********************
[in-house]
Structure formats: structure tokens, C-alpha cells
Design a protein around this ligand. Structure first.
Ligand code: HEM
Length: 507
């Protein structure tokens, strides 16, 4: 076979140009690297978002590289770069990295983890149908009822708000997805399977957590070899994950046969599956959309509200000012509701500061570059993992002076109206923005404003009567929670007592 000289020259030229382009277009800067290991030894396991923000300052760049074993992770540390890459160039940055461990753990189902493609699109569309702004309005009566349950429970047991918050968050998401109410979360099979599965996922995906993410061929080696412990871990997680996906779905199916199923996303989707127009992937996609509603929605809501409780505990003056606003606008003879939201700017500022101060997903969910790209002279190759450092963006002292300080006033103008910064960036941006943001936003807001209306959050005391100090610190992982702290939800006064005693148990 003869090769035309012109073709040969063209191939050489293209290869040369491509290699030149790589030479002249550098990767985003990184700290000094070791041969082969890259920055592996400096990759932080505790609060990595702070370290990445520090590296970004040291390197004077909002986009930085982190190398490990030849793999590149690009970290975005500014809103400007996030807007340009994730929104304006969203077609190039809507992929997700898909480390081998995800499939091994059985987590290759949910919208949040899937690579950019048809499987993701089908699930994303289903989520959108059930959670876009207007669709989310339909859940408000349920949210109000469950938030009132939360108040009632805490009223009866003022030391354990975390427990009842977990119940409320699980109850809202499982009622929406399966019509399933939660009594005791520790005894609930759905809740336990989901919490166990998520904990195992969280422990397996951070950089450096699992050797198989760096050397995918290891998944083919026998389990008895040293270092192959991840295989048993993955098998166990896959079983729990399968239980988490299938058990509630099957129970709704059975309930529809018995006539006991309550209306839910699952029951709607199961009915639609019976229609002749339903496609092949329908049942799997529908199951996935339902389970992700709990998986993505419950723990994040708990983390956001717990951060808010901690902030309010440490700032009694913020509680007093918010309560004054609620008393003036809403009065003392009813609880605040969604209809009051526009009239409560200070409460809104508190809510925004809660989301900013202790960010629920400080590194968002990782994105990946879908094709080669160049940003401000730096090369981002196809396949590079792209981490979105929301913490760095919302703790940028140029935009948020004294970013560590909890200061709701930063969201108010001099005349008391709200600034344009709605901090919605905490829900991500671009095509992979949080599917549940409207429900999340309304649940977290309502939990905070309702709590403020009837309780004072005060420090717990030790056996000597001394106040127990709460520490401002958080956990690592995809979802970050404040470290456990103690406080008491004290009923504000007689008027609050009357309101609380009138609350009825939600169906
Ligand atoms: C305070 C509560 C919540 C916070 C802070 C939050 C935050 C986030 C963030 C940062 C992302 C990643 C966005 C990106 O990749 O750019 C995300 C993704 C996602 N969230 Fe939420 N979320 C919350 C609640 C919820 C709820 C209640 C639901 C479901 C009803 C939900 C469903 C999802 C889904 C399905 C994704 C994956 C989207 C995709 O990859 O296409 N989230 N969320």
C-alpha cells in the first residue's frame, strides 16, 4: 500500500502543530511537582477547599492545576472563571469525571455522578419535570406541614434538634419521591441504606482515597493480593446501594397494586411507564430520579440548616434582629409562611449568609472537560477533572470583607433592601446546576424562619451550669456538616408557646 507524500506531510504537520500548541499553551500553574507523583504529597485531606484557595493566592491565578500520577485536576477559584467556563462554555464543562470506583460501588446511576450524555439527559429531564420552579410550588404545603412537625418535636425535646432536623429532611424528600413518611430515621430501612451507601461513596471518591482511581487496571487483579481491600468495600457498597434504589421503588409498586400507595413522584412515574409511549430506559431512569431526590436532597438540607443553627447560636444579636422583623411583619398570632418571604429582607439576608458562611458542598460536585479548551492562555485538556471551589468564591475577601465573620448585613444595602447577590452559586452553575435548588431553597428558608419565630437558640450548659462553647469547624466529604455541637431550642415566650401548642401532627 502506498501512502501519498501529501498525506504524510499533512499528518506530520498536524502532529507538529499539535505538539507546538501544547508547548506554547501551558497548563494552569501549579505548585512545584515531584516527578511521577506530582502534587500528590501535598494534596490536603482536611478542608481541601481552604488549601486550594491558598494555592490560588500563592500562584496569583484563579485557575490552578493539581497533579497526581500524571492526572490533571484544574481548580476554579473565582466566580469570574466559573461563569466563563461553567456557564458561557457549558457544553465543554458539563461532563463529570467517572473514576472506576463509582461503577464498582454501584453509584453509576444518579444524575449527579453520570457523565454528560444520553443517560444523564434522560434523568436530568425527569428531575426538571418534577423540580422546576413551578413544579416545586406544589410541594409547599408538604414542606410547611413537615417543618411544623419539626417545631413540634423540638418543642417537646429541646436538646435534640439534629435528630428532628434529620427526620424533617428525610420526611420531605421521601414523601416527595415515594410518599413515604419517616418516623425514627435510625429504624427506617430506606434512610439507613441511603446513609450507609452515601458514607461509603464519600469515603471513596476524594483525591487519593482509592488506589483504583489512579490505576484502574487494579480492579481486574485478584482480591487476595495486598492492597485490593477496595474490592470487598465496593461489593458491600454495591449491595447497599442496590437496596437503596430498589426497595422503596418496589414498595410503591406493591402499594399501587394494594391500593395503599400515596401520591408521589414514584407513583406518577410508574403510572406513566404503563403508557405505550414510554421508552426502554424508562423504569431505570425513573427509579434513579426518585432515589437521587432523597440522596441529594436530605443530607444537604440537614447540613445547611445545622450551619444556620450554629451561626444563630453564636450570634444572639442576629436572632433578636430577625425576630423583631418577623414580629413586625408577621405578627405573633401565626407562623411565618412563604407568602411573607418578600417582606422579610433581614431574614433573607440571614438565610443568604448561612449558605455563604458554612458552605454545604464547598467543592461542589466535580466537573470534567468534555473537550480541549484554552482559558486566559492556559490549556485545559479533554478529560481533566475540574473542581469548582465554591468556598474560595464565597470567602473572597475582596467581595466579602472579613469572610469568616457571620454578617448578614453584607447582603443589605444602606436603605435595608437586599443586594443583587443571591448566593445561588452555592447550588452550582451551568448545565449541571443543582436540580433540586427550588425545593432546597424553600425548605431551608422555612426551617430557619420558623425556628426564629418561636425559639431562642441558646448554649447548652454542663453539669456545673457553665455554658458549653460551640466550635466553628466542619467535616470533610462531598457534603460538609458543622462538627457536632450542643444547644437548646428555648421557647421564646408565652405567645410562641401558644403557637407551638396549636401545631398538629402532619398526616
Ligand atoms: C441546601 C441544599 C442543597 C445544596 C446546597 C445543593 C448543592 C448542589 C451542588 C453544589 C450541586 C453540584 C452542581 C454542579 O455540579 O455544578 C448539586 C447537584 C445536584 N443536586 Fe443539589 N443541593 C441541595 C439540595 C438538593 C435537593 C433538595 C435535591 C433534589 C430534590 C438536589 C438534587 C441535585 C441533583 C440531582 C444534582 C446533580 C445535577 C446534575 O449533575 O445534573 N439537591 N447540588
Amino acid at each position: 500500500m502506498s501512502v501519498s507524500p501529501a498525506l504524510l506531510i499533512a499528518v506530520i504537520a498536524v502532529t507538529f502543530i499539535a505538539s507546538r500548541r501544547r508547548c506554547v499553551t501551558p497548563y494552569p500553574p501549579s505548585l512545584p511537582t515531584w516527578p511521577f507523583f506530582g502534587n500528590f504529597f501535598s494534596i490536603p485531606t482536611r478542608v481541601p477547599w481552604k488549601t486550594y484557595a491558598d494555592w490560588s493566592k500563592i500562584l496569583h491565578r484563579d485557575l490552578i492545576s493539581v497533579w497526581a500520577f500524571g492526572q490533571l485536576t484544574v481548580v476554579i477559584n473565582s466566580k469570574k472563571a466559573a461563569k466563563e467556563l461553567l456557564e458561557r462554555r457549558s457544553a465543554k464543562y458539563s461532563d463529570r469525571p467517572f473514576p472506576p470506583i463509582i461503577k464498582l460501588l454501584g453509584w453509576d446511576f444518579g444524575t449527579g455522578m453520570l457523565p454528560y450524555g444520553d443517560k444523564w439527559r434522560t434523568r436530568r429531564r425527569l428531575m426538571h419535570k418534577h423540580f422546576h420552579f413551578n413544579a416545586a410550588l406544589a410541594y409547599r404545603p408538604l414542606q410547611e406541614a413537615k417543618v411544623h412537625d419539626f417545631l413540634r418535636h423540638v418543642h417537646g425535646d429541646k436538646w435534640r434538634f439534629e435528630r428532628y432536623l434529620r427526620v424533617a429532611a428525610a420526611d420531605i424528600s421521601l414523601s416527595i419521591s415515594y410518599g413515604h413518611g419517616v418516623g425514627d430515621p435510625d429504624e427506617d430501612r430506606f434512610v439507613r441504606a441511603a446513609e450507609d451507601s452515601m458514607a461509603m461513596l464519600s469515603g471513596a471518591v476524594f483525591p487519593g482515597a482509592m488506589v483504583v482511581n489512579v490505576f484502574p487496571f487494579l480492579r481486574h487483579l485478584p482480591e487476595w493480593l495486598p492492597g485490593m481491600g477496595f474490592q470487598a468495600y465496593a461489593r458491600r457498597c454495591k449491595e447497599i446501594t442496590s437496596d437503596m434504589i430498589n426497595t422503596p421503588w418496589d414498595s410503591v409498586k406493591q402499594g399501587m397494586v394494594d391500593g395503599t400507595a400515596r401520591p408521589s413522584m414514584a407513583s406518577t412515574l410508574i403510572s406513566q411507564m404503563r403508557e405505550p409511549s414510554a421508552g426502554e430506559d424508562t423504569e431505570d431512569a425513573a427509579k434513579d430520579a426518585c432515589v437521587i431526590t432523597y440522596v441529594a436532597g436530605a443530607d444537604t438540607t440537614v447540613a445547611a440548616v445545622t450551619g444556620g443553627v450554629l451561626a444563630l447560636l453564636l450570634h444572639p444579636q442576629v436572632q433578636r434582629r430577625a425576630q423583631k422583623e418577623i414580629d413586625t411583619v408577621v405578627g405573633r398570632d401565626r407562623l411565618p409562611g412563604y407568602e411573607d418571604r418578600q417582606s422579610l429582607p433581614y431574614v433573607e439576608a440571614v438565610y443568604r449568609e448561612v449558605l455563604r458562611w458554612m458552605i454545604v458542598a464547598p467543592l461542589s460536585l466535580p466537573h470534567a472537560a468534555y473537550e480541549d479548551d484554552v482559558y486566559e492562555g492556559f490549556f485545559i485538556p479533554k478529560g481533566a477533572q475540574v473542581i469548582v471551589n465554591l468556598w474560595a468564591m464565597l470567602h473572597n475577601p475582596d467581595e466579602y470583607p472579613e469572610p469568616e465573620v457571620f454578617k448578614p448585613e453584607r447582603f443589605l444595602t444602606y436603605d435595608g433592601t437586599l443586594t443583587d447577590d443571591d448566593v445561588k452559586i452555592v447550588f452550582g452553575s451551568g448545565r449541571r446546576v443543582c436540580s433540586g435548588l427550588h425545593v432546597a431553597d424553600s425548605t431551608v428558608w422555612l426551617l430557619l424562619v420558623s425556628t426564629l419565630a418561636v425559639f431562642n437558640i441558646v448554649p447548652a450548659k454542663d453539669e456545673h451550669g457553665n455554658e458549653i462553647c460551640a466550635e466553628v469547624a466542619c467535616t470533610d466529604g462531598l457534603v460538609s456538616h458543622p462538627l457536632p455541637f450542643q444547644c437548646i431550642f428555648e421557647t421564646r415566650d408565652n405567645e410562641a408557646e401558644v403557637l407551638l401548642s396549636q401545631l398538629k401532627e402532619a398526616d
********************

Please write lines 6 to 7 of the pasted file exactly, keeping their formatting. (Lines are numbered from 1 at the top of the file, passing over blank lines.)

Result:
């Protein structure tokens, strides 16, 4: 076979140009690297978002590289770069990295983890149908009822708000997805399977957590070899994950046969599956959309509200000012509701500061570059993992002076109206923005404003009567929670007592 000289020259030229382009277009800067290991030894396991923000300052760049074993992770540390890459160039940055461990753990189902493609699109569309702004309005009566349950429970047991918050968050998401109410979360099979599965996922995906993410061929080696412990871990997680996906779905199916199923996303989707127009992937996609509603929605809501409780505990003056606003606008003879939201700017500022101060997903969910790209002279190759450092963006002292300080006033103008910064960036941006943001936003807001209306959050005391100090610190992982702290939800006064005693148990 003869090769035309012109073709040969063209191939050489293209290869040369491509290699030149790589030479002249550098990767985003990184700290000094070791041969082969890259920055592996400096990759932080505790609060990595702070370290990445520090590296970004040291390197004077909002986009930085982190190398490990030849793999590149690009970290975005500014809103400007996030807007340009994730929104304006969203077609190039809507992929997700898909480390081998995800499939091994059985987590290759949910919208949040899937690579950019048809499987993701089908699930994303289903989520959108059930959670876009207007669709989310339909859940408000349920949210109000469950938030009132939360108040009632805490009223009866003022030391354990975390427990009842977990119940409320699980109850809202499982009622929406399966019509399933939660009594005791520790005894609930759905809740336990989901919490166990998520904990195992969280422990397996951070950089450096699992050797198989760096050397995918290891998944083919026998389990008895040293270092192959991840295989048993993955098998166990896959079983729990399968239980988490299938058990509630099957129970709704059975309930529809018995006539006991309550209306839910699952029951709607199961009915639609019976229609002749339903496609092949329908049942799997529908199951996935339902389970992700709990998986993505419950723990994040708990983390956001717990951060808010901690902030309010440490700032009694913020509680007093918010309560004054609620008393003036809403009065003392009813609880605040969604209809009051526009009239409560200070409460809104508190809510925004809660989301900013202790960010629920400080590194968002990782994105990946879908094709080669160049940003401000730096090369981002196809396949590079792209981490979105929301913490760095919302703790940028140029935009948020004294970013560590909890200061709701930063969201108010001099005349008391709200600034344009709605901090919605905490829900991500671009095509992979949080599917549940409207429900999340309304649940977290309502939990905070309702709590403020009837309780004072005060420090717990030790056996000597001394106040127990709460520490401002958080956990690592995809979802970050404040470290456990103690406080008491004290009923504000007689008027609050009357309101609380009138609350009825939600169906
Ligand atoms: C305070 C509560 C919540 C916070 C802070 C939050 C935050 C986030 C963030 C940062 C992302 C990643 C966005 C990106 O990749 O750019 C995300 C993704 C996602 N969230 Fe939420 N979320 C919350 C609640 C919820 C709820 C209640 C639901 C479901 C009803 C939900 C469903 C999802 C889904 C399905 C994704 C994956 C989207 C995709 O990859 O296409 N989230 N969320």